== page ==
One Lie After Another

246
close up of word medicare block letter

The state of a company tends to reflect its leadership from the top down. One Tennessee company isn’t in such great shape after it was discovered that the Chief Executive Officer (CEO) is a fraudster who took advantage of his own company.

John Davis owned and operated Comprehensive Pain Specialists (CPS) in Gallatin, Tennessee. He used his executive position to arrange for referrals of durable medical equipment (DME), which is covered by Medicare. These orders were sent to his co-conspirator Brenda Montgomery’s company, CCC Medical. Montgomery gave Davis monetary kickbacks for every referral CCC Medical received. (It was an “I’ll scratch your back, if you scratch mine” kind of deal.)

In an attempt to cover up his fraudulent activities, Davis registered and operated a shell company in his wife’s name called ProMed Solutions. (A shell company is a company that only exists on paper, but has a bank account where funds can be deposited.) Davis used the shell company to receive and disguise the illegal kickbacks he obtained from CCC Medical. (I can’t say involving your wife in illegal activities makes for an ideal marriage.)

At one point, Davis and Montgomery became concerned that the kickbacks payments routed to ProMed appeared suspicious on paper due to the large quantities. (They were right.) Their solution was to pretend to sell the shell company and all of its fictitious assets. (Because the best way to cover up one fraud is by committing another.) The fictional sale price of ProMed would fluctuate based on the average amount of kickbacks Davis was receiving per month. He also used CPS company funds to pay bonuses to providers who ordered DME and referred their orders to be filled by CCC Medical.

Davis received 60 percent of the profit for every referral the providers made. The referrals were for equipment his own company would have been able to provide and legitimately bill for. Instead, he handed the business over to CCC Medical so he could receive kickbacks. (Davis was more concerned with earning a personal profit than seeing his company succeed.)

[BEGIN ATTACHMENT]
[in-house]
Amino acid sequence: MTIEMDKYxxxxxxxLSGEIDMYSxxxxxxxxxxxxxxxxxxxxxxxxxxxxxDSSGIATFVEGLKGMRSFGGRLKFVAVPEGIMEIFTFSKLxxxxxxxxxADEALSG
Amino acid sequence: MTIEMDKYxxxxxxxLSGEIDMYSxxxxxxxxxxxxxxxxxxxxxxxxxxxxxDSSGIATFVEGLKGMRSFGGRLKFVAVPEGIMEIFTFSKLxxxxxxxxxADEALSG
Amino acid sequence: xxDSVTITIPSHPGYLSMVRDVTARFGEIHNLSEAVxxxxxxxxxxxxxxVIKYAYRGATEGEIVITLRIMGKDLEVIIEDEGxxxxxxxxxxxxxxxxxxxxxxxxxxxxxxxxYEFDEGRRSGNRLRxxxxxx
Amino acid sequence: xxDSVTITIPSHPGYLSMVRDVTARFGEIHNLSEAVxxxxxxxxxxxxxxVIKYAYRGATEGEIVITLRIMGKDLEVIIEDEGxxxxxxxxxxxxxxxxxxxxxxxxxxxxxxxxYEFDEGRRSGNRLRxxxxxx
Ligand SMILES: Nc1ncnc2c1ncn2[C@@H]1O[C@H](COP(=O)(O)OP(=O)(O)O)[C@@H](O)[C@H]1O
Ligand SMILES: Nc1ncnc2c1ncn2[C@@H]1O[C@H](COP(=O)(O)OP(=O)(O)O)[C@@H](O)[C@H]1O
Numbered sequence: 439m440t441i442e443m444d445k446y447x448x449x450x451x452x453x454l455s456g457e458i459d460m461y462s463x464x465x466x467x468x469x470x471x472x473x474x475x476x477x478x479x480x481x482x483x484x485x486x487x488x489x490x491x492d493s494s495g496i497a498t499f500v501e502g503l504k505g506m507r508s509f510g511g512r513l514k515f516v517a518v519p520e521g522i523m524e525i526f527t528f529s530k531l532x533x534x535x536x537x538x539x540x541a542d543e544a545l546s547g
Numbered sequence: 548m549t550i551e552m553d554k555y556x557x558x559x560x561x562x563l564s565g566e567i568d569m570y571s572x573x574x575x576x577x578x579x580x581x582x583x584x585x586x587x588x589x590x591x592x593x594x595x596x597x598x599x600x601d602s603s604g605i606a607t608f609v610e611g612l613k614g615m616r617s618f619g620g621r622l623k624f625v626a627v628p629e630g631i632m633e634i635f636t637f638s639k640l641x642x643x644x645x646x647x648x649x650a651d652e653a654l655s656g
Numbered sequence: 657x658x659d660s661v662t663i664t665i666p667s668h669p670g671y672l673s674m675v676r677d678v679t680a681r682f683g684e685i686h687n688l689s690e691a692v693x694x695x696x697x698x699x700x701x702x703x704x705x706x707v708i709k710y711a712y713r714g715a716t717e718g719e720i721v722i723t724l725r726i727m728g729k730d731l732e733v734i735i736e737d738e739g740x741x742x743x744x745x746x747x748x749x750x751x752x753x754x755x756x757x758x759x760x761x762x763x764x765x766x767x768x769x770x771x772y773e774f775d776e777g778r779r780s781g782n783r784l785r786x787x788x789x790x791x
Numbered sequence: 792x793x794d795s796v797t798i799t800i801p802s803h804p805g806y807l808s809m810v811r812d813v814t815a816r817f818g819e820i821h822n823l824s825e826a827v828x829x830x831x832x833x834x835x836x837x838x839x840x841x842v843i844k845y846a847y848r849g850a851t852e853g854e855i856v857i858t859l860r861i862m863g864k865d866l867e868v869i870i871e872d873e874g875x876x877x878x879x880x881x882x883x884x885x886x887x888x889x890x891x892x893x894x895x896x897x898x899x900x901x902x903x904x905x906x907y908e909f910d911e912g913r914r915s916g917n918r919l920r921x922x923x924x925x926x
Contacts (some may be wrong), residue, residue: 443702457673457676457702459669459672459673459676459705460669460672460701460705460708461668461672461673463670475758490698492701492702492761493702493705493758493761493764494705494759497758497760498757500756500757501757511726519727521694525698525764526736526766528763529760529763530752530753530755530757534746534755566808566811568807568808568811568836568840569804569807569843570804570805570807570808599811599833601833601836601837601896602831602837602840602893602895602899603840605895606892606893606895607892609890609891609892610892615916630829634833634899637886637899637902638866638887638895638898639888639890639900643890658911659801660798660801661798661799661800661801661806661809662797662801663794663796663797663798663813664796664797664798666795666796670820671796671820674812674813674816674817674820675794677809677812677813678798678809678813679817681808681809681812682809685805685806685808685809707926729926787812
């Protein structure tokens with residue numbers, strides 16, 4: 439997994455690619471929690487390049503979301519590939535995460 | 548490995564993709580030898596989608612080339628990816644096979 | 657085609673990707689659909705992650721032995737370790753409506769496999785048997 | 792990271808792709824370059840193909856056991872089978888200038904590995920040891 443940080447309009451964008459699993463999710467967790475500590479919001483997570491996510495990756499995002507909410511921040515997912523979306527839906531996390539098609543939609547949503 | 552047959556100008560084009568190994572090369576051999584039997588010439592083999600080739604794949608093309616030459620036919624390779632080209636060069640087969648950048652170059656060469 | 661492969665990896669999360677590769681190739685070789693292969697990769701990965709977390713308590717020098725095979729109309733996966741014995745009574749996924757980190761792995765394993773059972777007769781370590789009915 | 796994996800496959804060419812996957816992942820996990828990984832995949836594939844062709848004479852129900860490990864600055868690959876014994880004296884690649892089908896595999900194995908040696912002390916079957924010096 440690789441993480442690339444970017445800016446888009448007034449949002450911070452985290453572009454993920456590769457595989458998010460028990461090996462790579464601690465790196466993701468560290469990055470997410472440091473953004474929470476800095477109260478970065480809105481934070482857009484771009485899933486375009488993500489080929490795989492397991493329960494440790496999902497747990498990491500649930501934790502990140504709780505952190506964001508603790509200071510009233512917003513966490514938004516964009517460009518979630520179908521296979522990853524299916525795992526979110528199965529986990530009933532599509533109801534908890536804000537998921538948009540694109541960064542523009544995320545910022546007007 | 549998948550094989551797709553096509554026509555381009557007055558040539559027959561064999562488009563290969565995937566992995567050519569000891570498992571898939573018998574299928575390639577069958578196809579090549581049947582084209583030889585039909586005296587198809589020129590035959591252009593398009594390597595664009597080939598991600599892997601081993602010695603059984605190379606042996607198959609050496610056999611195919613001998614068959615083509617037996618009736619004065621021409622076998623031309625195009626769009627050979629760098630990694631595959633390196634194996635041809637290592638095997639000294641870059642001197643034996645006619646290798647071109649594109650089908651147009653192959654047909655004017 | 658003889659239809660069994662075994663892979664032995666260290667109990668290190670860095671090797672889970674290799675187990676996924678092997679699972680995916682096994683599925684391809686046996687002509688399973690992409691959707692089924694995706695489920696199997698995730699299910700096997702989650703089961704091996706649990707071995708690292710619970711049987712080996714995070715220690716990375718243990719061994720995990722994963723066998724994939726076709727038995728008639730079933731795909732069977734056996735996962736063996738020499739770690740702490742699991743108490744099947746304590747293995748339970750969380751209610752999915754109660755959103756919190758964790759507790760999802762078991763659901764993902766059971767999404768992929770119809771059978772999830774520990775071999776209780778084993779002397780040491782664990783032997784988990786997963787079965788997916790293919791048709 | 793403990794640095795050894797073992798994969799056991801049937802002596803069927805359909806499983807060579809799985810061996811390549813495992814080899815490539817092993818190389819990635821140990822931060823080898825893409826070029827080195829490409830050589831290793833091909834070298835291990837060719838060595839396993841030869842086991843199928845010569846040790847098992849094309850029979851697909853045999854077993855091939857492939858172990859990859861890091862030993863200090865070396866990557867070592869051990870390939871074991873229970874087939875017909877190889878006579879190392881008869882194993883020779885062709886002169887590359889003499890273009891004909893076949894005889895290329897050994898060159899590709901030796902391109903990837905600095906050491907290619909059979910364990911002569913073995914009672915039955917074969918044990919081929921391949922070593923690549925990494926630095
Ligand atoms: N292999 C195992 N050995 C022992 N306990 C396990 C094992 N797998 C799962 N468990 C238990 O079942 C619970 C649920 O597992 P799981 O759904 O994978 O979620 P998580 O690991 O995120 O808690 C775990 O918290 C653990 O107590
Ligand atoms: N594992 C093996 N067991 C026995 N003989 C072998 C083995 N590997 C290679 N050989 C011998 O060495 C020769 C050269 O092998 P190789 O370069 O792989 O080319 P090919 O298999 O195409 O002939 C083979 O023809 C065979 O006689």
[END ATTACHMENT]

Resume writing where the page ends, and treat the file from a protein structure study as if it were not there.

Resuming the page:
It wasn’t until Davis received the last check for the “sale” of ProMed, that he began to stop referring providers to CCC Medical. Together, Davis and Montgomery pocketed over $2.9 million dollars in fraudulent reimbursements from Medicare. (They must have had really big pockets.)

Davis was convicted of one count of conspiracy to defraud the United States and violate the Anti-Kickback Statute as well as seven counts of violating the Anti-Kickback Statute. As a result, he was sentenced to 42 months in prison followed by one year of supervised release for committing Medicare fraud. Davis was also ordered to pay $770,036.00 in restitution.

Today’s Fraud of the Day comes from a Department of Justice press release, “Former CEO of Tennessee Pain Management Company Sentenced for Role in Approximately $4 Million Medicare Kickback Scheme,” on July 9, 2020.

A Tennessee healthcare executive was sentenced to 42 months in prison followed by one year of supervised release today for his role in an approximately $4 million kickback scheme.

Acting Assistant Attorney General Brian C. Rabbitt of the Justice Department’s Criminal Division, U.S. Attorney Don Cochran of the Middle District of Tennessee, Special Agent in Charge Derrick Jackson of the U.S. Department of Health and Human Services Office of Inspector General’s (HHS-OIG) Atlanta Region, Special Agent in Charge John F. Khin of the U.S. Department of Defense Criminal Investigative Service’s (DCIS) Southeast Field Office, and Director David Rausch of the Tennessee Bureau of Investigation (TBI) Medicaid Fraud Control Unit made the announcement.

SHARE
Previous articleFraud Consultants Inc.
Next articleCOVID Feature: No One Else to Blame
Larry Benson
Larry Benson is currently the Director of Strategic Alliances for Revenue Discovery and Recovery at LexisNexis Risk Solutions. In this role, Benson is responsible for developing partnerships for the tax and revenue and child support enforcement verticals. He focuses on embedded companies that have a need for third-party analytics to enhance their current offerings.